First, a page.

Gene-by-environment interactions in urban populations modulate risk phenotypes

Marie Julie Favé, Fabien C. Lamaze, David Soave, Alan Hodgkinson, Héloïse Gauvin, Vanessa Bruat, Jean Christophe Grenier, Elias Gbeha, Kimberly Skead, Audrey Smargiassi, Markey Johnson, Youssef Idaghdour, Philip Awadalla

Research output: Contribution to journalArticle

Abstract

Uncovering the interaction between genomes and the environment is a principal challenge of modern genomics and preventive medicine. While theoretical models are well defined, little is known of the G × E interactions in humans. We used an integrative approach to comprehensively assess the interactions between 1.6 million data points, encompassing a range of environmental exposures, health, and gene expression levels, coupled with whole-genome genetic variation. From ∼1000 individuals of a founder population in Quebec, we reveal a substantial impact of the environment on the transcriptome and clinical endophenotypes, overpowering that of genetic ancestry. Air pollution impacts gene expression and pathways affecting cardio-metabolic and respiratory traits, when controlling for genetic ancestry. Finally, we capture four expression quantitative trait loci that interact with the environment (air pollution). Our findings demonstrate how the local environment directly affects disease risk phenotypes and that genetic variation, including less common variants, can modulate individual's response to environmental challenges.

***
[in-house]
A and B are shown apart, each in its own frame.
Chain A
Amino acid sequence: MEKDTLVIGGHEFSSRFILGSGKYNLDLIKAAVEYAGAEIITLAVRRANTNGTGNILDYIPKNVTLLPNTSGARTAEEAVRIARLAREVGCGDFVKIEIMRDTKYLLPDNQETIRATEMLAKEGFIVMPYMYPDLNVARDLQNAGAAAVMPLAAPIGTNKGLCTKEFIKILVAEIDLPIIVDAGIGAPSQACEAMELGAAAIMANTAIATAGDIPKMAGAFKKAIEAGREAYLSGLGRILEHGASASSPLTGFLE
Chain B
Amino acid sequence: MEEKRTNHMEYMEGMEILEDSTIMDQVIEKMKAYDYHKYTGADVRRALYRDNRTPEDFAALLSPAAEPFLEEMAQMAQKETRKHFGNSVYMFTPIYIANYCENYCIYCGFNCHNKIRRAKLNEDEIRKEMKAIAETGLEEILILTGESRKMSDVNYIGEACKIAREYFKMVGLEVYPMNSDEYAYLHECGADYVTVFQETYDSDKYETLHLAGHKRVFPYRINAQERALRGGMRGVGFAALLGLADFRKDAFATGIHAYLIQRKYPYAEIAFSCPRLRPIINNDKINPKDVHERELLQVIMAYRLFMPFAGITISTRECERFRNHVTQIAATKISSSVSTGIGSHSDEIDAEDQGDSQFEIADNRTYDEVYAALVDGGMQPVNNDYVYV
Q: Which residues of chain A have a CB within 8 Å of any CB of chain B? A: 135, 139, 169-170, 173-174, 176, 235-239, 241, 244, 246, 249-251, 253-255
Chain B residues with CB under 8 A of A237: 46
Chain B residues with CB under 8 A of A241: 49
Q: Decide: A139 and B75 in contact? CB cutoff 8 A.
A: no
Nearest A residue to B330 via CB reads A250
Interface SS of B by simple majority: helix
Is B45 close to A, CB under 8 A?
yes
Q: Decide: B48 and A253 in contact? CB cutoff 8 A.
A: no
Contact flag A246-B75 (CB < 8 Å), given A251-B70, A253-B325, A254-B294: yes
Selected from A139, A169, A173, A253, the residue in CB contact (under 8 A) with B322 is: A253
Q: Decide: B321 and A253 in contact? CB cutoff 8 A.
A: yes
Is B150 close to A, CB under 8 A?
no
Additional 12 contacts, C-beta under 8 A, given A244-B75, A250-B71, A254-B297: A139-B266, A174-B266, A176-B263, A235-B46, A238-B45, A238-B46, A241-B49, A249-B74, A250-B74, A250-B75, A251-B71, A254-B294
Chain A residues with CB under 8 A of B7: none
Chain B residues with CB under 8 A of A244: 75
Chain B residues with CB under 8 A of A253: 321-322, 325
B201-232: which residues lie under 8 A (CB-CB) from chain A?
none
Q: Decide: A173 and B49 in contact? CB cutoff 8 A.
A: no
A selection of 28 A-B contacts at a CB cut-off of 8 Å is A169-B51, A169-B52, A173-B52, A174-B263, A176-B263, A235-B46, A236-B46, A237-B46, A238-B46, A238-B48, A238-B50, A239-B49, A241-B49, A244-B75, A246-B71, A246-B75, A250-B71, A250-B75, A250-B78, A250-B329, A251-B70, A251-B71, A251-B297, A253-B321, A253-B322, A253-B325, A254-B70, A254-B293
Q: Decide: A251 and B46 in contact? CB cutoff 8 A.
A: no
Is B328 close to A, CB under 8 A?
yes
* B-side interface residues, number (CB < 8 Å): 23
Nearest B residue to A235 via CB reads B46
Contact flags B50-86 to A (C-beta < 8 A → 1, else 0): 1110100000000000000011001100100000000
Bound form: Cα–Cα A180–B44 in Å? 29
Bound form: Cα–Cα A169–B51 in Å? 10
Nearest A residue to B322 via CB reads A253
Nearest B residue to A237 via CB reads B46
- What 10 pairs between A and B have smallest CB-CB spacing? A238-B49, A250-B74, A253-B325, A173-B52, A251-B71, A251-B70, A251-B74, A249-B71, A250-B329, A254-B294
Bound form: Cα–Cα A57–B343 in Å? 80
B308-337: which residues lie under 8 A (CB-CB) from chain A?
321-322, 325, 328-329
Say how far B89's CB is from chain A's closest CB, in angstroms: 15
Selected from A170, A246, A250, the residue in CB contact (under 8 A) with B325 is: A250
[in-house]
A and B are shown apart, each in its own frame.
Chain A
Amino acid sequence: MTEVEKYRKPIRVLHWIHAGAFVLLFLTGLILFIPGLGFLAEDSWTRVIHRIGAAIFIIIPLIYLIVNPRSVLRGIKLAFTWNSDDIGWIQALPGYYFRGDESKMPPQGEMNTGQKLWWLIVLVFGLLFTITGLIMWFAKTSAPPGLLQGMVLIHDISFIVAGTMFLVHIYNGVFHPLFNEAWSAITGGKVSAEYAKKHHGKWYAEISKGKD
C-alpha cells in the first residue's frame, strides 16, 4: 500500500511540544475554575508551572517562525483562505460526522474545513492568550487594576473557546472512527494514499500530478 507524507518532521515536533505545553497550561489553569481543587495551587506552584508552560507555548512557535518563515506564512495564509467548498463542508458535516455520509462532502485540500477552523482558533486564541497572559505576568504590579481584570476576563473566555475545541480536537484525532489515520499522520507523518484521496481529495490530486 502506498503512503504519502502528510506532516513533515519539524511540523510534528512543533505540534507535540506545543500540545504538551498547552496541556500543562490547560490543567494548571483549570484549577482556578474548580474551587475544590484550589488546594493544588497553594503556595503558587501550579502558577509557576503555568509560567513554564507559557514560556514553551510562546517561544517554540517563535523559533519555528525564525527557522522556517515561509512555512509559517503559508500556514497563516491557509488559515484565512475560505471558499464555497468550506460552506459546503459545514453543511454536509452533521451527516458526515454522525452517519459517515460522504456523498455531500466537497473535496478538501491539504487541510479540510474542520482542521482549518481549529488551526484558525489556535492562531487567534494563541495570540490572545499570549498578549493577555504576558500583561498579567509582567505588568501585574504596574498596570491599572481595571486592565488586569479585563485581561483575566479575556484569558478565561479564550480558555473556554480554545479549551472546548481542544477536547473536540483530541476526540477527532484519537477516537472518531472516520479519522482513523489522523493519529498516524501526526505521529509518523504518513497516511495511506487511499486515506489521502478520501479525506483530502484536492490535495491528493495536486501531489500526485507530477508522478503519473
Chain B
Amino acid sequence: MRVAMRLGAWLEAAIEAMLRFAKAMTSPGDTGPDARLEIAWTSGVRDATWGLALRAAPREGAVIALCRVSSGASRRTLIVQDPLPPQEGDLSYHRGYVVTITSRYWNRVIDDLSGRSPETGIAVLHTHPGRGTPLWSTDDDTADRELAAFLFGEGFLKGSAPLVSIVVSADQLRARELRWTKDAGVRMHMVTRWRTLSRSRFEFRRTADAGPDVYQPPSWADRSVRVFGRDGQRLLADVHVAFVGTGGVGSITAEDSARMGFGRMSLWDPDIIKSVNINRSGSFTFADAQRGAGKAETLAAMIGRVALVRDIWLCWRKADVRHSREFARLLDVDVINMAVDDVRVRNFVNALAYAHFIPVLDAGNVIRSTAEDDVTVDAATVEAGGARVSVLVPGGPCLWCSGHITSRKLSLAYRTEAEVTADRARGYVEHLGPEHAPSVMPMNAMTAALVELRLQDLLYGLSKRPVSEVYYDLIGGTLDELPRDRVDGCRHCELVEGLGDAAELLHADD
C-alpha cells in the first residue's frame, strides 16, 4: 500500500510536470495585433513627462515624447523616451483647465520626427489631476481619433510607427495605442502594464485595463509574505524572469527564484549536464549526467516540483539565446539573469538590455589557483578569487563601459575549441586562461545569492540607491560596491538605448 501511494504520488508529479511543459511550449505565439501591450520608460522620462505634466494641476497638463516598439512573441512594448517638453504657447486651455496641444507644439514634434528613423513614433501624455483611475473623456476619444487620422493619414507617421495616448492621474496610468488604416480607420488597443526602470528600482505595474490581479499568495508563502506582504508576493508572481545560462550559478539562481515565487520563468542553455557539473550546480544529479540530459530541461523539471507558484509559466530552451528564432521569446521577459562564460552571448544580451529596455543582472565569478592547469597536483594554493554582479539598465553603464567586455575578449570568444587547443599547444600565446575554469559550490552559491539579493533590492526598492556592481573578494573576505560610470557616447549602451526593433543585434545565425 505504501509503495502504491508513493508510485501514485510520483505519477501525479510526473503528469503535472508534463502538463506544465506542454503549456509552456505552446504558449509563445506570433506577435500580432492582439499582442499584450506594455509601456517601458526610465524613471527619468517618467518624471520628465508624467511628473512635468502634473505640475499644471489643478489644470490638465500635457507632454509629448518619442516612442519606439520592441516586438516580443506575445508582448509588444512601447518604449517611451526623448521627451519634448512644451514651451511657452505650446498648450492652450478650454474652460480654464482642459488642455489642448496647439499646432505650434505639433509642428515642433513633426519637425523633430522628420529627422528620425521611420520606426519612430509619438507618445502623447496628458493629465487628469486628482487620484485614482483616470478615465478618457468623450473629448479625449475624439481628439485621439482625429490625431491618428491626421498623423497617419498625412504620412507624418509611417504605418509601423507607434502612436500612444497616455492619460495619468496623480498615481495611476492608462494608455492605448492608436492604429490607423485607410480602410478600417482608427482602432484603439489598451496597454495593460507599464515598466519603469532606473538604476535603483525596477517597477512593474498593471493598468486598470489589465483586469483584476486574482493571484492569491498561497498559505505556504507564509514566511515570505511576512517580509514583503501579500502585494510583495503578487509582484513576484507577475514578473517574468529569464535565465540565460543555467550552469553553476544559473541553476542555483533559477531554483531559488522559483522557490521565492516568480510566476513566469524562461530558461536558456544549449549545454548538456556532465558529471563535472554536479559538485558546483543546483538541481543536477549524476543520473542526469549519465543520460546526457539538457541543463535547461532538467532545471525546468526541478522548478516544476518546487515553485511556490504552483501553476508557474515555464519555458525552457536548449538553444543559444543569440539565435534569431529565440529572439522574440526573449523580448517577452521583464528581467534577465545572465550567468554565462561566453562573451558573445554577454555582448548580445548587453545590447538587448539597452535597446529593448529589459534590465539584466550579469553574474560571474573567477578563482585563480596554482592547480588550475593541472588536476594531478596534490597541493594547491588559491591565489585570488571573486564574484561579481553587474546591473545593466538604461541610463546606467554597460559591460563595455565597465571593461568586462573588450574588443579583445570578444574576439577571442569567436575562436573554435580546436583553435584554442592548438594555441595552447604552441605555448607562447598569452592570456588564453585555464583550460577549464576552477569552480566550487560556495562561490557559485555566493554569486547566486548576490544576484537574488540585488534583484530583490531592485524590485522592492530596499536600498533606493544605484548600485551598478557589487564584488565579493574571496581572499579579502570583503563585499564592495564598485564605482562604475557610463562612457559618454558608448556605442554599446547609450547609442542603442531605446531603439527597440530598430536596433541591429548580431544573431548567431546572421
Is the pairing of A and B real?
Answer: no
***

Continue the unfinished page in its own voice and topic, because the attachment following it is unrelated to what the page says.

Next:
Original languageEnglish (US)
Article number827
JournalNature communications
Volume9
Issue number1
DOIs
StatePublished - Dec 1 2018

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ASJC Scopus subject areas

  • Chemistry(all)
  • Biochemistry, Genetics and Molecular Biology(all)
  • Physics and Astronomy(all)

Cite this

Favé, M. J., Lamaze, F. C., Soave, D., Hodgkinson, A., Gauvin, H., Bruat, V., Grenier, J. C., Gbeha, E., Skead, K., Smargiassi, A., Johnson, M., Idaghdour, Y., & Awadalla, P. (2018). Gene-by-environment interactions in urban populations modulate risk phenotypes. Nature communications, 9(1), [827]. https://doi.org/10.1038/s41467-018-03202-2